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The Pyx

(AKA Hooker Cult Murders) 1973, Starring Karen Black, Christopher Plummer, Donald Pilon, Jean-Louis Roux. Directed by Harvey Hart.

Although The Pyx is a fairly pedestrian detective thriller with a satanic twist, it does hold an interesting place in the history of Canadian film. Produced by Julian Roffman, a Canuxploitation pioneer who directed some of the earliest Canadian feature films, The Pyx was shot in Quebec by director Harvey Hart and is one of the only bilingual horror films ever made.

The Pyx stars Canadian icon Christopher Plummer as Henderson, a Quebec cop, and cult actress Karen Black as Elizabeth Lucy, a high priced prostitute. Besides being one of the only cult actresses to have a band named after her, Karen Black has been acting in A- and B-films for over 40 years. She got her start in The Prime Time, an exploitation film by nudie film director HG Lewis, and went on to be in some fairly prominent movies, including Easy Rider and Hitchcock's Family Plot. Her Canadian credits include the tax shelter comedy Bad Manners and The Blue Man, a TV movie by George Mihalka (My Bloody Valentine). On watching The Pyx, you will learn something else about Ms Black-- she is also a decent singer who contributes a couple of folk ballads to the soundtrack. This wasn't just a one time effort, either Karen Black was a replacement member of the hated folk revival group The New Christy Minstrels.

The Pyx opens with the discovery of a murdered woman. Henderson and his partner Paquette (Donald Pilon) are first on the scene, but have some difficulty figuring out exactly what happened. Searching her body, they find a pyx and a large cross around her neck. FOr those who don't know, in Catholicism, the pyx is a container which contains the Eucharist, most commonly a cup, or a bowl. In this movie, it looks kind of like a pocket watch, which is opened to house a communion wafer. The detectives decide to check out an adjacent illegal brothel. Scaring Meg, the resident pimp, with a good cop/bad cop routine, Henderson manages to slip past the door. He interviews Elizabeth, one of the prostitutes living in the building about the dead girl. She doesn't seem to know much, but reveals that the girl wasn't Catholic, and didn't own a pyx.

From here the story follows Elizabeth. The next day we discover that Elizabeth is a heroin addict, deftly slipping needles under her cuticles to keep her arms free of tracks. She shoots up at home, which oddly enough makes her daydream of horseback riding. After coming down, she gets a call from Meg--Mr Lefram, a 'special client,' wants to meet her. She initially resists, but Meg tells her that he is rich and powerful, and that it would be in her best interest to at least meet him. She finally agrees, and is taken to a huge yacht where she is interviewed by Lefram's assistant, Mr. Keerson. In their meeting, she is asked to remove all her clothing, and then is asked about her Catholic upbringing and if she believes in God. She reluctantly admits that she does, and breaks down in tears, humiliated by this strange treatment.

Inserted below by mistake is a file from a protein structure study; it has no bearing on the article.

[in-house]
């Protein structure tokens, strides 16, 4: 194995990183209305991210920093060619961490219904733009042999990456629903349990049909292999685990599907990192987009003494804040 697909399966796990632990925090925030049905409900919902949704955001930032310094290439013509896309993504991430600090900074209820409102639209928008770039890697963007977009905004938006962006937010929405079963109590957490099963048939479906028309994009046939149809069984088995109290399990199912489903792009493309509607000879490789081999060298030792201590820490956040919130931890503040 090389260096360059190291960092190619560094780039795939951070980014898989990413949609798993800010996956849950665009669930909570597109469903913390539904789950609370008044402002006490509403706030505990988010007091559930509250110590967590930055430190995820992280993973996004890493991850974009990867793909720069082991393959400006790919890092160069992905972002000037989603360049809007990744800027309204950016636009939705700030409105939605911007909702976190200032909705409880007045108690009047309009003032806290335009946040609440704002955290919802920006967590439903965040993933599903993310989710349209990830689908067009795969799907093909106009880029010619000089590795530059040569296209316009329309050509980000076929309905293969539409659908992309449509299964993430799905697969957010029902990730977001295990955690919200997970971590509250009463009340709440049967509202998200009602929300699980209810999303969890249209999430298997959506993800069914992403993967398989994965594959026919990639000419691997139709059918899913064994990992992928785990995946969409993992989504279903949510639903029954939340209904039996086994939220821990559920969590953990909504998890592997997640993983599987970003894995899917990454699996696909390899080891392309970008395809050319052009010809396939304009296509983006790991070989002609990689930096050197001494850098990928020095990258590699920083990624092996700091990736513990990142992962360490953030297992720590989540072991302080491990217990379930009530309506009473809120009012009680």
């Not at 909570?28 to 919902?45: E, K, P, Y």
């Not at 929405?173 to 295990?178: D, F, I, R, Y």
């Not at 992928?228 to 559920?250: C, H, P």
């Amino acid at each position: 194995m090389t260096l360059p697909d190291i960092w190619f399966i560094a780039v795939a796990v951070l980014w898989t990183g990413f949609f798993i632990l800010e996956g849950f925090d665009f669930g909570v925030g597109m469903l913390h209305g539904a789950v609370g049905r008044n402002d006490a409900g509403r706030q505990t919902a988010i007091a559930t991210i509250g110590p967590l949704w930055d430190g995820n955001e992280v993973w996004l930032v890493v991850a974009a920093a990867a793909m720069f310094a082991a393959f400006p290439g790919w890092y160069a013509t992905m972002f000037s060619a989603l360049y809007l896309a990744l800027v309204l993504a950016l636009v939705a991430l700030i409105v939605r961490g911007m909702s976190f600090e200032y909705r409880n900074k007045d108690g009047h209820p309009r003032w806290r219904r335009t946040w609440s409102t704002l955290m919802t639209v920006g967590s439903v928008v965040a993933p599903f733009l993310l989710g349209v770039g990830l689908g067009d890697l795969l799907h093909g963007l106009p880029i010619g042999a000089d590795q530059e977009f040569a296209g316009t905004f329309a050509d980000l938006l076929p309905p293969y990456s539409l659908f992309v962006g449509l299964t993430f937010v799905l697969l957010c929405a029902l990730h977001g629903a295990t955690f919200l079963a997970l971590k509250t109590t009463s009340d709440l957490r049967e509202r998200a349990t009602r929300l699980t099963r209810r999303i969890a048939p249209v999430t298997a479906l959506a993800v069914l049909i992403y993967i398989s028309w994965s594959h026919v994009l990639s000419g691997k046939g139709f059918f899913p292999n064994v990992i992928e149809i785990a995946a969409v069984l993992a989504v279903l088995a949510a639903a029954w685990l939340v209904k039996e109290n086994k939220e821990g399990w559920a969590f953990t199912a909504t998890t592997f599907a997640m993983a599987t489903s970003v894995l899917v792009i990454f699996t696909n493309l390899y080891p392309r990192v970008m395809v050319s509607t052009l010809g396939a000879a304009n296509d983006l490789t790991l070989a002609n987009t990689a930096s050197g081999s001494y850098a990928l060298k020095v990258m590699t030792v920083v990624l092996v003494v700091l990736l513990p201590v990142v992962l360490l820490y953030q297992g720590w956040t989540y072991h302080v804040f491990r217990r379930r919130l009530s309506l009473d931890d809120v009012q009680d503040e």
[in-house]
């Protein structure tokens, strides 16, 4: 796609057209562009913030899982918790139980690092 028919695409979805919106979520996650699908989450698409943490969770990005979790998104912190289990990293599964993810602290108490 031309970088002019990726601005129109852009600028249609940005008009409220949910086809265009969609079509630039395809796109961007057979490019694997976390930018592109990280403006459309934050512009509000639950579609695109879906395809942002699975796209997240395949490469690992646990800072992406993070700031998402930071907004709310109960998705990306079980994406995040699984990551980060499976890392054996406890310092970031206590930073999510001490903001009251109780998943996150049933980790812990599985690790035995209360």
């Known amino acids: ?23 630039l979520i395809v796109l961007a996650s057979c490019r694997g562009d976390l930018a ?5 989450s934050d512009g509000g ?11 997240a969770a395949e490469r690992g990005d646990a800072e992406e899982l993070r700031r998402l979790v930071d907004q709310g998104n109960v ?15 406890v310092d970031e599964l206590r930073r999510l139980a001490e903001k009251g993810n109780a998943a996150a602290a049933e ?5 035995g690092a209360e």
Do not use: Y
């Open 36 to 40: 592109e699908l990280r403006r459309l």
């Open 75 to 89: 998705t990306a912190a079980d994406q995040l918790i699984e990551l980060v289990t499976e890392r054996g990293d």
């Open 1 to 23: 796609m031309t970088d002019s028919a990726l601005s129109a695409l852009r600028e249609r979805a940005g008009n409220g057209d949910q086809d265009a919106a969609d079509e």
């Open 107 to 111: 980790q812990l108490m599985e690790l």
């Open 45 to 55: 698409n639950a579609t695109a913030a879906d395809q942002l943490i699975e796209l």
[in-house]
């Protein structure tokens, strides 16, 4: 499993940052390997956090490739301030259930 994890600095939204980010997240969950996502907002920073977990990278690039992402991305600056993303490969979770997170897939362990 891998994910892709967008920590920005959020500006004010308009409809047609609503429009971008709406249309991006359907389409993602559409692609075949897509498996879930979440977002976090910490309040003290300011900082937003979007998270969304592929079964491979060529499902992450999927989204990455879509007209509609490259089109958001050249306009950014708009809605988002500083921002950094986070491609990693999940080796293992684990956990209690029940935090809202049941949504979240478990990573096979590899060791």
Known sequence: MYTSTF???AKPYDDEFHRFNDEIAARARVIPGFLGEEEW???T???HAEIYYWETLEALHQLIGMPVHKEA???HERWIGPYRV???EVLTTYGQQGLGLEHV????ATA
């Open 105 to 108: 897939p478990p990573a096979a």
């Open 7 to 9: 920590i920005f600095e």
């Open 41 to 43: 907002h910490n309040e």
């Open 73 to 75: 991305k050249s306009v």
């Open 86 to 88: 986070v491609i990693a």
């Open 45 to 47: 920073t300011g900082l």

Meanwhile, Henderson is hot on the murder case, and makes a significant find. Examining the cross found around the dead prostitute's neck, he realizes that the cross has been placed upside down on the chain. Following this lead he goes back to the brothel where he finds two more of the prostitutes murdered. He goes through the house and discovers pictures of Lefram and Keerson. With Paquette's help, Henderson finally locates the yacht and prepares to ambush it.

But he'd better hurry, because across town, Elizabeth is being prepared to meet Lefram. She is extremely wary, unsure of exactly what is going to happen, but Meg urges her to just cooperate. Elizabeth is drugged with some mysterious powder which puts her at the edge of consciousness, unable to fight back. She is then dressed in a sheer white robe, and led to a dark room where men are wearing strange animal masks. Keerson appears and places an upside down cross around her neck, opens a pyx, and places the wafer in her mouth. It is a Satanist Black Mass. Can Henderson, who is locked in a vicious shoot-out with Lefram, get back in time to save Elizabeth?

Set in Quebec, The Pyx is unabashedly Canadian, mixing English with a good deal of French dialogue. As a bilingual detective team, Plummer plays the tough Anglophone to Pilon's sympathetic Francophone. Unfortunately, while the main plot of The Pyx is fairly simple, it is not very focused. At two hours, the movie seems to take off in several different directions that don't have much to do with the murders. And even then, some questions about the murder are never really answered properly. This topic is handled much better in a very similar Quebec film, The Possession of Virginia.

Although it didn't live up to my expectations, The Pyx isn't necessarily a bad film. It boasts a great performance by Karen Black, but it never really rises past the level of ordinary.

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